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‘Doctor’s toolbag’ app dispenses drug data


21 Mar 2016

A free app that compresses a library of drug resources onto a device you can slip in a pocket is proving popular with pharmacists.

Consult by Univadis aims to act as a “doctor’s toolbag” and, while targeted primarily at doctors, can help inform clinical decisions for all front-line clinicians.

Screen Shot 2016-03-21 at 10.21.07The app launched late last year, is compatible with iPhones and Android devices and has already garnered 11,000 downloads.

Consult has five functions, including a tool to check drug interaction, a disease guide and a converter to check generic versions of branded drugs and vice versa.

South London GP and clinical lecturer at St George’s University in London, Dr Hamed Khan, worked as an advisor to Univadis during the development of Consult.

“As a GP I see community pharmacists playing an increasingly important role in providing high quality care in the community,” he said.

“I think technology increasingly is becoming essential to frontline clinical activity and both phone-based apps and Internet resources are providing access to information in a way that has never been available before.”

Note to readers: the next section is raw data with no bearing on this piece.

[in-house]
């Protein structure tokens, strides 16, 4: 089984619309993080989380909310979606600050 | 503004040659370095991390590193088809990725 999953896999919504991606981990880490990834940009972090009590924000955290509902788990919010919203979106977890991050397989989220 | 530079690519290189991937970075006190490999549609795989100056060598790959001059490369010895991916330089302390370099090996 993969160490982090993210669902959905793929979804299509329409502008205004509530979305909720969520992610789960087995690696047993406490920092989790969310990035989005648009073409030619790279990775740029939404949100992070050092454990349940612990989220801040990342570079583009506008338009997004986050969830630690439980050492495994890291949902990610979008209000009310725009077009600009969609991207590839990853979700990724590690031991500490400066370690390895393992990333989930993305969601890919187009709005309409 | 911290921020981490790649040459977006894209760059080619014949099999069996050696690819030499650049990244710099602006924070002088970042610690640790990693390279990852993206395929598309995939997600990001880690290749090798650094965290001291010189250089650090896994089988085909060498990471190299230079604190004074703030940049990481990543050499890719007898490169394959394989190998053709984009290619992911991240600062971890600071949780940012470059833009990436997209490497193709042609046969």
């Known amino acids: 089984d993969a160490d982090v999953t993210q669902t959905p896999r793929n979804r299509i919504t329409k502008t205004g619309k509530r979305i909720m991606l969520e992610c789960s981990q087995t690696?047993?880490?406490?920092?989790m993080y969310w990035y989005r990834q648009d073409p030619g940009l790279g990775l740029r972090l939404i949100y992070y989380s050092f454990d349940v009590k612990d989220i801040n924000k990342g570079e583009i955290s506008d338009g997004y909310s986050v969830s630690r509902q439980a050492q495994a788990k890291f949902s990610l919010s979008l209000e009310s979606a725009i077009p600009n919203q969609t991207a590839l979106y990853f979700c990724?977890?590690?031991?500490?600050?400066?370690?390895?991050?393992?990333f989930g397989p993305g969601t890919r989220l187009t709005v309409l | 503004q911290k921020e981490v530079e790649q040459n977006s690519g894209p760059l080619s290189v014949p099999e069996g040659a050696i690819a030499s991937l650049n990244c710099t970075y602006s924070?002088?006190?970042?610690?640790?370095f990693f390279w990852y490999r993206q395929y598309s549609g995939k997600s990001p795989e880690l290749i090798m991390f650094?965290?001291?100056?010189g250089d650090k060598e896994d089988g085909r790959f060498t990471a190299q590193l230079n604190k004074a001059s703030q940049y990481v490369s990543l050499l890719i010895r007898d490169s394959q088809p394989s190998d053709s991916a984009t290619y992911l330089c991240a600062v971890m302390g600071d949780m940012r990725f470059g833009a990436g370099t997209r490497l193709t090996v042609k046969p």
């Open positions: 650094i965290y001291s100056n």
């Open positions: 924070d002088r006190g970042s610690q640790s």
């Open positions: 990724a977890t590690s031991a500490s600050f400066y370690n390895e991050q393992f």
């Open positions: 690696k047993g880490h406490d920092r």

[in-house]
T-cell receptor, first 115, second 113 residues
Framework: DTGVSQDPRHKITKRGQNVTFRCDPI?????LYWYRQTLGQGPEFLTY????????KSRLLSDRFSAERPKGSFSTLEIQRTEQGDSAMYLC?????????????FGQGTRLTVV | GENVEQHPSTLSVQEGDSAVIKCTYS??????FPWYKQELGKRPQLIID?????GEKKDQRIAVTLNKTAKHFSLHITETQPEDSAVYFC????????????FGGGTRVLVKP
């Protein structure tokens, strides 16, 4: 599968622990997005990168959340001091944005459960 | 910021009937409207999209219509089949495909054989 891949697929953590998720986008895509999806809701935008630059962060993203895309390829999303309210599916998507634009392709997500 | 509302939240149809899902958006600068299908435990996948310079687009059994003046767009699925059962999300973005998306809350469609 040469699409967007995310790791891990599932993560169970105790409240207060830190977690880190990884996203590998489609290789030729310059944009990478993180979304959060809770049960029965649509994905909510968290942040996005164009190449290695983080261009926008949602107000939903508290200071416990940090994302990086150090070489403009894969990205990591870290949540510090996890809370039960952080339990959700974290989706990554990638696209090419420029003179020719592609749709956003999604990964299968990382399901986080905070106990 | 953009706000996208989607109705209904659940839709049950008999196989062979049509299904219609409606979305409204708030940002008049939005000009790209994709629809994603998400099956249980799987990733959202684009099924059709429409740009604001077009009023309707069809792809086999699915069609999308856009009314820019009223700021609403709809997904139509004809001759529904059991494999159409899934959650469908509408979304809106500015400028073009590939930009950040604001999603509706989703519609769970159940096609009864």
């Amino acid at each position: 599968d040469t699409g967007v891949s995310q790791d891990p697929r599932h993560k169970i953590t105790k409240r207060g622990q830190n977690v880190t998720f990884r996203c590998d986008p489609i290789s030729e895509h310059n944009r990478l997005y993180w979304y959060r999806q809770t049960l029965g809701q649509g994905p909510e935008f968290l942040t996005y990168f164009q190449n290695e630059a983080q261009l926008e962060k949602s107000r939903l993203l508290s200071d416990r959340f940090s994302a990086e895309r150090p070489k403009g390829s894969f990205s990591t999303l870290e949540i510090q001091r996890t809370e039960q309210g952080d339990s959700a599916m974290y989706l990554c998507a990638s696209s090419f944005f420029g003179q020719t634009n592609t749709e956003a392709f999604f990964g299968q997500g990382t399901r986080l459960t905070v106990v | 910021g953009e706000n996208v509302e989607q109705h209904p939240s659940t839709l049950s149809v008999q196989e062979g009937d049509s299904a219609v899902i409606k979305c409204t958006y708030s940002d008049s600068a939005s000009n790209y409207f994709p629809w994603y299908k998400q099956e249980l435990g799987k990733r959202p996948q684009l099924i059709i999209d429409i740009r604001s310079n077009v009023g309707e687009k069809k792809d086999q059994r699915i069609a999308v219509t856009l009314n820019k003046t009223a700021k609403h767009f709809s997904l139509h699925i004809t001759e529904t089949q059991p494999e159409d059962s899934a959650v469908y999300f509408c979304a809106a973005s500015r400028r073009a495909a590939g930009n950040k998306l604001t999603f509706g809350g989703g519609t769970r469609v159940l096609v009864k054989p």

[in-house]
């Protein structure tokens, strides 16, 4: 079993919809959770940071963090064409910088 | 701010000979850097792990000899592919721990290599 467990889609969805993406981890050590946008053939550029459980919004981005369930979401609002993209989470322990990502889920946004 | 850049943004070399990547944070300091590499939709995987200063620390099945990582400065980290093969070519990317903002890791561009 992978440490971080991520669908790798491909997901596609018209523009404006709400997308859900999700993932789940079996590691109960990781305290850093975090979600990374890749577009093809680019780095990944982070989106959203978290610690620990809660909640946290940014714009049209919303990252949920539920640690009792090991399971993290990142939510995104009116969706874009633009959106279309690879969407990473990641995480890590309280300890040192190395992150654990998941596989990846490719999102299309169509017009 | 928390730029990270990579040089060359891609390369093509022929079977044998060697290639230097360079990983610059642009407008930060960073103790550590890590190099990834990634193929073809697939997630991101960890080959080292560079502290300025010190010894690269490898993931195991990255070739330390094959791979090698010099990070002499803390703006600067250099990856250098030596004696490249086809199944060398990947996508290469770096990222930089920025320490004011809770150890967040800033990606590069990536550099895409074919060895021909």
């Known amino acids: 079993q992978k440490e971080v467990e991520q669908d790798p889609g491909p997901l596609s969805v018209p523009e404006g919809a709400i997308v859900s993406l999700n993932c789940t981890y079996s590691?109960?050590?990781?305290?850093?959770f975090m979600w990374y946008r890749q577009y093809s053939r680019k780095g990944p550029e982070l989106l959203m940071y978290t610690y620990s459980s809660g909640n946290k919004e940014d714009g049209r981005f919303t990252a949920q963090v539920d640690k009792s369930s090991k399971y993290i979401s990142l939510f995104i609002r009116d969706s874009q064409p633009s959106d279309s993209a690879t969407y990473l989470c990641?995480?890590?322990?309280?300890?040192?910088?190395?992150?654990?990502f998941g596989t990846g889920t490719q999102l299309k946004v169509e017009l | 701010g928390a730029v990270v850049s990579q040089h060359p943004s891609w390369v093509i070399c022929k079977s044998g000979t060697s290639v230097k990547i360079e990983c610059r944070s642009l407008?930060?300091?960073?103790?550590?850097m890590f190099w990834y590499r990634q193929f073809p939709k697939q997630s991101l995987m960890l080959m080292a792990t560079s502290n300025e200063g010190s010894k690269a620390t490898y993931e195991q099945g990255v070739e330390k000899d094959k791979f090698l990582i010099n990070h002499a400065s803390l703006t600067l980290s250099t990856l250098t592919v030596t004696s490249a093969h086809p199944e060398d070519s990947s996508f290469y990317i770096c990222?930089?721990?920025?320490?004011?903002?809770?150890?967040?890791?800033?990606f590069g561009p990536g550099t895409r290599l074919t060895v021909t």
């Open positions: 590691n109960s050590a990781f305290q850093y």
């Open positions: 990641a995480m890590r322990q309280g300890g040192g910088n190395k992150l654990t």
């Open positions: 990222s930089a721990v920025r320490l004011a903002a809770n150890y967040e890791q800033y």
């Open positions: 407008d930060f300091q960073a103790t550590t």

Dr Khan has publicised the app to “various prominent pharmacists” and reports: “The vast majority have agreed it is really useful.”

The drugs database consists of a formulary of existing medication, including dose information, contraindications and whether they can be used by specific groups, for example pregnant or lactating women.

Information on the app comes from UK source eMC.

Users of the app can also view a record of major laboratory tests carried out in hospitals and the community that includes a discussion about how the results can be clinically interpreted.

“There are various apps available on the market but there are none that I have seen that combine the five functions that Consult does.

“This is specifically the case with the two key functions that are the most important for pharmacists – the interaction function and another function which allows you to look at the brand name or the generic name of a specific drug,” said Dr Khan.

“It is simply unimaginable that 30 years ago a pharmacist, for example, could go to a general practice and have the level of information you have in an app like Consult to hand, where you can just access evidence-based information within the space of 30 seconds and put it back in your pocket.

“The beauty of all that is that it has improved quality of care immeasurably in my opinion.”

The app was developed by medical education outfit Univadis and is free to download and use.

Dr Khan added: “As a matter of ethic and a matter of principle, I think it is important that evidence-based information is available freely to clinicians who are dealing with peoples’ lives every day.”

To find out more visit: http://consult.univadis.com/GB_en/

 


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